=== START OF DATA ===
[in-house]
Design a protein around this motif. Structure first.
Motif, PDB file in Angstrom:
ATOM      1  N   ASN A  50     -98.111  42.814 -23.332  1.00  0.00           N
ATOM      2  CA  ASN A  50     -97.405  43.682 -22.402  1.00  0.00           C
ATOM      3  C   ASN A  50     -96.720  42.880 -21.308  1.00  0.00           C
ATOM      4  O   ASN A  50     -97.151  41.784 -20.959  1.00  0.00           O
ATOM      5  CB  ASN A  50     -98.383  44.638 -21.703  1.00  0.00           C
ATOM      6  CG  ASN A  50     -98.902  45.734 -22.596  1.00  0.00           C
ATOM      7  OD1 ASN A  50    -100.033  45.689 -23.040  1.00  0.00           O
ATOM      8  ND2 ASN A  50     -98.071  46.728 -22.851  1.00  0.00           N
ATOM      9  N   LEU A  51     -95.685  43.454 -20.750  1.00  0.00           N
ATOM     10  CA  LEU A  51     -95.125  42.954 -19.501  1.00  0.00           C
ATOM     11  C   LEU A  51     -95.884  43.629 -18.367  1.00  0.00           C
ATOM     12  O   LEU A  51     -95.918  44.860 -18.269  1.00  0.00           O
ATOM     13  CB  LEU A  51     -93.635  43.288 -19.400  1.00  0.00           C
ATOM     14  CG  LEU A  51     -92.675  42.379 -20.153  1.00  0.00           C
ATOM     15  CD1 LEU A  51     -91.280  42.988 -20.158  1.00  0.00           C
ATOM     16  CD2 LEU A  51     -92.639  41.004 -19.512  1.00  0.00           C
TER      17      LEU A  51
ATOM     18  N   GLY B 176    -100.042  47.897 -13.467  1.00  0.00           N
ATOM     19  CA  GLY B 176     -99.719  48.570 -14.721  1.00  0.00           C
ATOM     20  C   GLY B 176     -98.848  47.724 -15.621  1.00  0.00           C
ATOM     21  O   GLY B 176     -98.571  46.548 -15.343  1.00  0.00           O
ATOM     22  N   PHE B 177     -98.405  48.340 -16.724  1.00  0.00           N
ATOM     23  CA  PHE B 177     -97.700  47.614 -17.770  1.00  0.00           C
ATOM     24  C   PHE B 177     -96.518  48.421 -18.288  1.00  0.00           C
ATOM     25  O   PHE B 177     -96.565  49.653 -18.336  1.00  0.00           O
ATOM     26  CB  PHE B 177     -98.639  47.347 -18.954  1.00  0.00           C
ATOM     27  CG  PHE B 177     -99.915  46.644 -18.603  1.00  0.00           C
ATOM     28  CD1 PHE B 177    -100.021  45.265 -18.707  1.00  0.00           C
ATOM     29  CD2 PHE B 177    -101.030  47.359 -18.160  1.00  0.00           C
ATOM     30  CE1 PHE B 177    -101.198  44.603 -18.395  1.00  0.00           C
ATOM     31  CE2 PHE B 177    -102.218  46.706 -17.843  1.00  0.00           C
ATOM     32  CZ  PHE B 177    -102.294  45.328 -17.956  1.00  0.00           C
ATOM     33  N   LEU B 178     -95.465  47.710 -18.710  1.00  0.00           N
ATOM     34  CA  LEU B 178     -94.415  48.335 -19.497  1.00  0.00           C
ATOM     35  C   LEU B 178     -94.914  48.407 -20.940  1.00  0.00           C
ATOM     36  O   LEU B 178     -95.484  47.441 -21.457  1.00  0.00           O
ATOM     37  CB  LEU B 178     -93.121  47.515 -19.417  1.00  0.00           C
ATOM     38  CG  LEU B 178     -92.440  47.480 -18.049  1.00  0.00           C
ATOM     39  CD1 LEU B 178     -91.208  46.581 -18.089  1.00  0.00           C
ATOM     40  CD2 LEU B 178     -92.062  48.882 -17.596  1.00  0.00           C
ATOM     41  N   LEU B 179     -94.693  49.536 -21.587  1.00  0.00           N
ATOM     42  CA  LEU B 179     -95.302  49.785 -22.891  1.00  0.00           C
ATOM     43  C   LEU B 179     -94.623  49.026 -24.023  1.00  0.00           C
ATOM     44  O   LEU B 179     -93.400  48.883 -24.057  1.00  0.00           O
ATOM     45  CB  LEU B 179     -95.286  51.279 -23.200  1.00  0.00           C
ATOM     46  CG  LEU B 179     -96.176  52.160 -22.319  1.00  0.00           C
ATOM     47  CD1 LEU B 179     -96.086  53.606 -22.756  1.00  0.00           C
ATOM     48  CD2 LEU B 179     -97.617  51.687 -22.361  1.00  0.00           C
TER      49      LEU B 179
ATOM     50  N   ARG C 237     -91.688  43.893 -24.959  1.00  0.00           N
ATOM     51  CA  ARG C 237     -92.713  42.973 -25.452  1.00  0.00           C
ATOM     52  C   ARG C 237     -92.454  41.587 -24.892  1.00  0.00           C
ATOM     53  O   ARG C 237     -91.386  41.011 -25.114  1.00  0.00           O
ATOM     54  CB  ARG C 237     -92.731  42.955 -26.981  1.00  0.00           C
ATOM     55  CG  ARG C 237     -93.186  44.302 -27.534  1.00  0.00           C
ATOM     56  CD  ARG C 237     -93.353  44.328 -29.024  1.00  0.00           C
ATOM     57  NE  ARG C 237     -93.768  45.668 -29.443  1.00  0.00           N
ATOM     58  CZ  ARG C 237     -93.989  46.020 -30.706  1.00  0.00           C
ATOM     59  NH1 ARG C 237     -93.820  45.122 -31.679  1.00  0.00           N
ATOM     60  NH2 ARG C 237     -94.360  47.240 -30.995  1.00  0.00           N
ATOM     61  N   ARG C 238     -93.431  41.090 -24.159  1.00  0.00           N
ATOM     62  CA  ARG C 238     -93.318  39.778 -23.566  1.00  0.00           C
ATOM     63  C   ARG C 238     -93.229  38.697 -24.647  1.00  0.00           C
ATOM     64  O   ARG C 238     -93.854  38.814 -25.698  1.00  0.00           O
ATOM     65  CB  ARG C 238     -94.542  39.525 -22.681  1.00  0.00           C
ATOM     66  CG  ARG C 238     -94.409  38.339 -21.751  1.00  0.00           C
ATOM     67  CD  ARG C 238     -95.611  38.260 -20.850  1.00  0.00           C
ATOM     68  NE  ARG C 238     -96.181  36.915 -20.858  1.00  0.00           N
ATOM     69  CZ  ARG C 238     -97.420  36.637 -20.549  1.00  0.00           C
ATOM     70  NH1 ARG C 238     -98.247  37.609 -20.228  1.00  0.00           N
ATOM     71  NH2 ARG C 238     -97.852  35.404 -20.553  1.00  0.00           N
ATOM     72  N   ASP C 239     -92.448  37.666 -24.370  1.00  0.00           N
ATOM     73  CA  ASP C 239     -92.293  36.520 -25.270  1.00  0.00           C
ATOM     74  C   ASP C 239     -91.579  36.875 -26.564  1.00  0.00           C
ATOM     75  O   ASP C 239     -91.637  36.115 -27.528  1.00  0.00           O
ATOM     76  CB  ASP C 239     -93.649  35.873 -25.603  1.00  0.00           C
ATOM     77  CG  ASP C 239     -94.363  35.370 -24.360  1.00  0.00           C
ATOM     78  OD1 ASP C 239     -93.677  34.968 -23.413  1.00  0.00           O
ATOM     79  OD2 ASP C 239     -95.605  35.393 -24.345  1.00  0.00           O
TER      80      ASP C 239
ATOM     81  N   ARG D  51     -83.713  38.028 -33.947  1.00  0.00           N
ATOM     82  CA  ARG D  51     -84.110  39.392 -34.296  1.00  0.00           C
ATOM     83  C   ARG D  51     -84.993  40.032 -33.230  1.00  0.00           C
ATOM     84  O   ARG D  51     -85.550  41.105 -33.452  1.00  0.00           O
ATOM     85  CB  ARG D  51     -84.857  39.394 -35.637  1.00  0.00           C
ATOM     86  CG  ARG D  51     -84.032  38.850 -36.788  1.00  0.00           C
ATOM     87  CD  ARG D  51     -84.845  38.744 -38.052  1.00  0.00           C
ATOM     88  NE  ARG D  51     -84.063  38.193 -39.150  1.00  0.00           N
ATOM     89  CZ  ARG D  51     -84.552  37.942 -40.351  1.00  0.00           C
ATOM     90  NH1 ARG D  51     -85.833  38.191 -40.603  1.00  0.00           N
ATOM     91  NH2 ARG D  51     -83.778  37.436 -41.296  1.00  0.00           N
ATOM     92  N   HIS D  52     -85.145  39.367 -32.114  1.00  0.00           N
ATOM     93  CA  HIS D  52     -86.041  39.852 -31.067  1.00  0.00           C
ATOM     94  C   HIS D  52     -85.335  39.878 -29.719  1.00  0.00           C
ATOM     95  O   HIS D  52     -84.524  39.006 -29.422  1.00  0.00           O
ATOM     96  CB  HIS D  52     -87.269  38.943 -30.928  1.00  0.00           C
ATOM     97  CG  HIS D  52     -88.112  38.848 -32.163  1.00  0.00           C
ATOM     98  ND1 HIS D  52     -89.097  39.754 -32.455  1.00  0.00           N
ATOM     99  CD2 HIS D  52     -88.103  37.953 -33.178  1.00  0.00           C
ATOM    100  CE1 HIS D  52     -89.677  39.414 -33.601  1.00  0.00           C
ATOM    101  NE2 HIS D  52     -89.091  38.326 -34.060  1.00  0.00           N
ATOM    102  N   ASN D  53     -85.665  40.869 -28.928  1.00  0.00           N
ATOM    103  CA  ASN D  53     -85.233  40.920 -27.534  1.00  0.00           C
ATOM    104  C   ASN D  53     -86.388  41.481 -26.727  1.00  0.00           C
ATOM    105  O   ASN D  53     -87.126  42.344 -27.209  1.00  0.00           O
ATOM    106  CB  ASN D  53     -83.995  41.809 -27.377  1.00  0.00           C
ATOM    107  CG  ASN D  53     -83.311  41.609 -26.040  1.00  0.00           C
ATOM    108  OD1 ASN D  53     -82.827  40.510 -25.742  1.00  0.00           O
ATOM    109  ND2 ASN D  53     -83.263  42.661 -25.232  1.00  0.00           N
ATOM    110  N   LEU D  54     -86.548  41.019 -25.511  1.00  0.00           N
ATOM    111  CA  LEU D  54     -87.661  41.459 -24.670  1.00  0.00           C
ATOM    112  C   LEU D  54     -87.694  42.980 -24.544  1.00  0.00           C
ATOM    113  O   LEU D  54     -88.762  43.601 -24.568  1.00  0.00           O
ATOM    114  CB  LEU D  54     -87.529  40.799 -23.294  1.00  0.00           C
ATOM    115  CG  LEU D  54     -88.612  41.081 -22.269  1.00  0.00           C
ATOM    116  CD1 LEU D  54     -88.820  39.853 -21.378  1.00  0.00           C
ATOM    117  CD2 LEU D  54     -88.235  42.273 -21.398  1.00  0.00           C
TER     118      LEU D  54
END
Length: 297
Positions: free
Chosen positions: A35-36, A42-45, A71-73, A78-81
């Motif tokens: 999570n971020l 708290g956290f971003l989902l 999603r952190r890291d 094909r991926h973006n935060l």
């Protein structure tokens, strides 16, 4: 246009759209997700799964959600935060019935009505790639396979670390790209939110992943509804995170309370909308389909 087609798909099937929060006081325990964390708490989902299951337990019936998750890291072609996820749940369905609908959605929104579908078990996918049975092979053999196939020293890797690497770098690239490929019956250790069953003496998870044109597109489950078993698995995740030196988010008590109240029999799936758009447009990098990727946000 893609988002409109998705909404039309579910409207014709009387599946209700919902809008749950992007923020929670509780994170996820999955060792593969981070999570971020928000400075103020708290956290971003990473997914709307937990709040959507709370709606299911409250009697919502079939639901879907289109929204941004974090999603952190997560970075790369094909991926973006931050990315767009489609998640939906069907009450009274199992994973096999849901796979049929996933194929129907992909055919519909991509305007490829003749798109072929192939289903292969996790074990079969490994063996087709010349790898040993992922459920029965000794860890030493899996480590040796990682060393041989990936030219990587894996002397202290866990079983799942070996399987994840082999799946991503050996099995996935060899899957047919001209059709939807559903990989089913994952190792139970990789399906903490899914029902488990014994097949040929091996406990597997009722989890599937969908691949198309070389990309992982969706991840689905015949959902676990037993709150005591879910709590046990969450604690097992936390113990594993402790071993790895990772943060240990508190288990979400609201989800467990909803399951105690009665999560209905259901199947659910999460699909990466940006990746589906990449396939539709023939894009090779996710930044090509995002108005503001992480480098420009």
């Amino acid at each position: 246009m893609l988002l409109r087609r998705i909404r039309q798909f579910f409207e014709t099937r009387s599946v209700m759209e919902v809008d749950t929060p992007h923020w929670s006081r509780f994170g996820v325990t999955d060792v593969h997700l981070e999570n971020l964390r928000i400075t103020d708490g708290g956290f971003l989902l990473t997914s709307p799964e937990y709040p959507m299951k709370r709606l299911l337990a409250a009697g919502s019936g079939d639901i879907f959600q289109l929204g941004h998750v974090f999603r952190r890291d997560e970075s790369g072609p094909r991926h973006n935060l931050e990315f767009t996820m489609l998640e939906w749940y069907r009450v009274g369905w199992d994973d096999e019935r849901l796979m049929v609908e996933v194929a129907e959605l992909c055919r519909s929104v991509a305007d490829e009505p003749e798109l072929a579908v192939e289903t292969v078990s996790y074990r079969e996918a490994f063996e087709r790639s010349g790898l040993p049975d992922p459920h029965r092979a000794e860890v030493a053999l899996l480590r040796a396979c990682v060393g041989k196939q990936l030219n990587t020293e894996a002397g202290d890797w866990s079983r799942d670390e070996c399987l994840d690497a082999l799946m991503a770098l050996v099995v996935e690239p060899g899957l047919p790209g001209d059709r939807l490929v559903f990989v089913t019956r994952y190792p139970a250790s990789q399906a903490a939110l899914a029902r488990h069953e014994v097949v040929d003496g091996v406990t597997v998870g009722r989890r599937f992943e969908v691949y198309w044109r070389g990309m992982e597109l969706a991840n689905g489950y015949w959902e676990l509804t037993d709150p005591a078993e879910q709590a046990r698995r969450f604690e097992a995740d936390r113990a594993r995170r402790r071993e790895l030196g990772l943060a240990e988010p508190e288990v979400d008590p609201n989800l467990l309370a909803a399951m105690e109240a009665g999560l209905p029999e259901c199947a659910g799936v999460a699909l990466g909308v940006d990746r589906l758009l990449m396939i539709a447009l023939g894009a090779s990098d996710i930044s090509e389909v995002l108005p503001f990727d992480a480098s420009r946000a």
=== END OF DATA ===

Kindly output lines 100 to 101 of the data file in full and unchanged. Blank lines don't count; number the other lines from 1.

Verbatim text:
ATOM     97  CG  HIS D  52     -88.112  38.848 -32.163  1.00  0.00           C
ATOM     98  ND1 HIS D  52     -89.097  39.754 -32.455  1.00  0.00           N